The decentralized finance industry is a revolution happening in the banking industry slowly but surely.
There are three main categories of Defi providers in the crypto-sector, most of whom operate via the Ethereum blockchain and its supported protocols. I label them as a) Centralized Defi service providers b) Decentralized Defi service providers and c) Auxilliary Defi Service providers.
Centralized Defi Service Providers
On one end of the decentralized finance, product spectrum are centralized entities such as celsius.network and nexo.io that have found innovative ways to return positive returns on cryptocurrency investments, by lending with collateral. Let’s call these centralized Defi Providers. They operate similarly to banks, often acceding to large customer service support, providing and maintaining KYC records for all customers, negotiating with legal teams across the world to ensure that local laws are not violated by investments with them.
Decentralized Defi Service Providers
On the other end of the decentralized finance spectrum are stable coins that provide no interest, and just provide the utility of moving money from one location to another quickly. In the middle of this spectrum is open source software managed is a decentralized fashion by teams as Ethereum contracts. These contracts provide both the lenders and borrowers access to loans directly from each other through smart contracts. This arrangement dis-intermediates financial institutions that use leverage to lend more from depositors. Often the lenders while subscribing to the lenders do not provide appropriate support and allow Defi-contract rules to execute as per design. Organizations such as compound.finance, dy.dx, maker etc. operate as decentralized Defi service providers. I have written extensively about the maker protocol and the DAI/MCDAI tokens supported by the blockchain.
Auxilliary Defi Service Provider
There are many auxilliary defi service providers. These service providers range from decentralized anonymous exchanges such as balancer, uniswap, etc. to the creators of stablecoins such as Tether, or USDC. While on one hand balancer, uniswap, etc. operate more as a token exchange system at the protocol layer using Ethereum smart contracts, they are not necessarily interest earning. Often the exchanges that facilitate this function of coin-swap use external oracles to convert the USD equivalent values among the coins to enable an exchange. Stablecoins off late has become a very large investment system in itself – with tether crossing 10Billion dollars in investment and USDC with a market capitalization of 1 Billion Dollars. These stable coins are etherum contracts that ties the issuance of new coins backed by assets whose value are equated to 1 USD. With USDC it is 1 US Dollar in the bank. While stable coins in themselves do not provide interest, a passive investment of stable coin in centralized Defi services provides interest income. The decentralized Defi providers also accept stable coins to facilitate certain functionality.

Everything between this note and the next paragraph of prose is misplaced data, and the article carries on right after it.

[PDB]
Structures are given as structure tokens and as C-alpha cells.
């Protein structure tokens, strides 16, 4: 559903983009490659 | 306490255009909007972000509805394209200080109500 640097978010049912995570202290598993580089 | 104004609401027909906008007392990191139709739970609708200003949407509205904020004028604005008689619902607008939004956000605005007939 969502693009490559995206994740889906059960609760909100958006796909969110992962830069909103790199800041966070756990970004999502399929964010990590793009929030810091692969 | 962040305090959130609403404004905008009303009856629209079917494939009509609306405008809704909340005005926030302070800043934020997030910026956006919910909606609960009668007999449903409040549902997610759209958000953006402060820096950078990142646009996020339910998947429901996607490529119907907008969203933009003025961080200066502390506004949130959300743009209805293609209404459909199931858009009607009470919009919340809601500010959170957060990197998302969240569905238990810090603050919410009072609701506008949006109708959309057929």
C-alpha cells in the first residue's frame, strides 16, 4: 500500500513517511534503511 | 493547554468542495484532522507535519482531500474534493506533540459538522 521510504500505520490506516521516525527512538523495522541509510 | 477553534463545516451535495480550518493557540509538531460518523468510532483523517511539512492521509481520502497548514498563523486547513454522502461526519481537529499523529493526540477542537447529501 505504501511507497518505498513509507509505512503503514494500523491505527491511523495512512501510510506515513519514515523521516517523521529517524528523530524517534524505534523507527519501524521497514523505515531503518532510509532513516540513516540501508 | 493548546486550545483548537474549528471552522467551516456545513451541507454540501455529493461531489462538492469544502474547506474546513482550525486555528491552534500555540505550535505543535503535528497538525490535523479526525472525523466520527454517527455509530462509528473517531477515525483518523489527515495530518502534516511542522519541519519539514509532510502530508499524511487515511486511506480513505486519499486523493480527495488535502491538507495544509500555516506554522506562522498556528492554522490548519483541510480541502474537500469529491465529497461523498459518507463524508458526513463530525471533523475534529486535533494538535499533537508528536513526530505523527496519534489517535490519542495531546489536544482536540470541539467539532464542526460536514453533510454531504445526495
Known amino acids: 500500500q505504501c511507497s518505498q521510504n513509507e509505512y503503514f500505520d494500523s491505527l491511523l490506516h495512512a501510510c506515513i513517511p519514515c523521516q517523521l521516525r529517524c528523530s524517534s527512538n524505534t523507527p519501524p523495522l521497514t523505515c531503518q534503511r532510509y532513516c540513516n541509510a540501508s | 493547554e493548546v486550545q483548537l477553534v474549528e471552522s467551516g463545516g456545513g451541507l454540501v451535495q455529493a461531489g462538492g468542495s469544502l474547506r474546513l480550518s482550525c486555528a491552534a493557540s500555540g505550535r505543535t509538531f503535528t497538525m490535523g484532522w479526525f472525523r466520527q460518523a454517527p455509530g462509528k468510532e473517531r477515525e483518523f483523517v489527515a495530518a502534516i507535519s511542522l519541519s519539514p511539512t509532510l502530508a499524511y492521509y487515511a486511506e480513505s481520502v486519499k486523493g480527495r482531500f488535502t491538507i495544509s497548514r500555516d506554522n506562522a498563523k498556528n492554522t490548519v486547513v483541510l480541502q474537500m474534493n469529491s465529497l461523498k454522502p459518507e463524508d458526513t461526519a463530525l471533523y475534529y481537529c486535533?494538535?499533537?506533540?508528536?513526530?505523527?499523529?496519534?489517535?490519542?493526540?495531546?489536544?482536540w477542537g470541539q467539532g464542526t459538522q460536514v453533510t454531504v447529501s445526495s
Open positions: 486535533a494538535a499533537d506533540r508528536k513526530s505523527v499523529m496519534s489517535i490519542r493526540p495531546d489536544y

On the overall, the Defi space is an exceedingly interesting and positive development in the field of finance. However, the excessive interest rates in a market that has shrunk by 30% since its peak is always concerning to users. For example, many centralized Defi services return up to 9% APR which – given the times of COVID-19 seems too high. Another issue here is that of the local lending on the platform. The platforms lend at between 1% APR and 4% APR, but they return 9% APR to their users on stable coins. How is this possible? are they doing something else with our money to get such huge returns? Or are they just turning around new investor money to existing investors? – Only time will tell how this operates. As of now, things seem hunky-dory and people are seeing unheard off returns in this space giving it the necessary thrust needed to survive and excel against all other odds.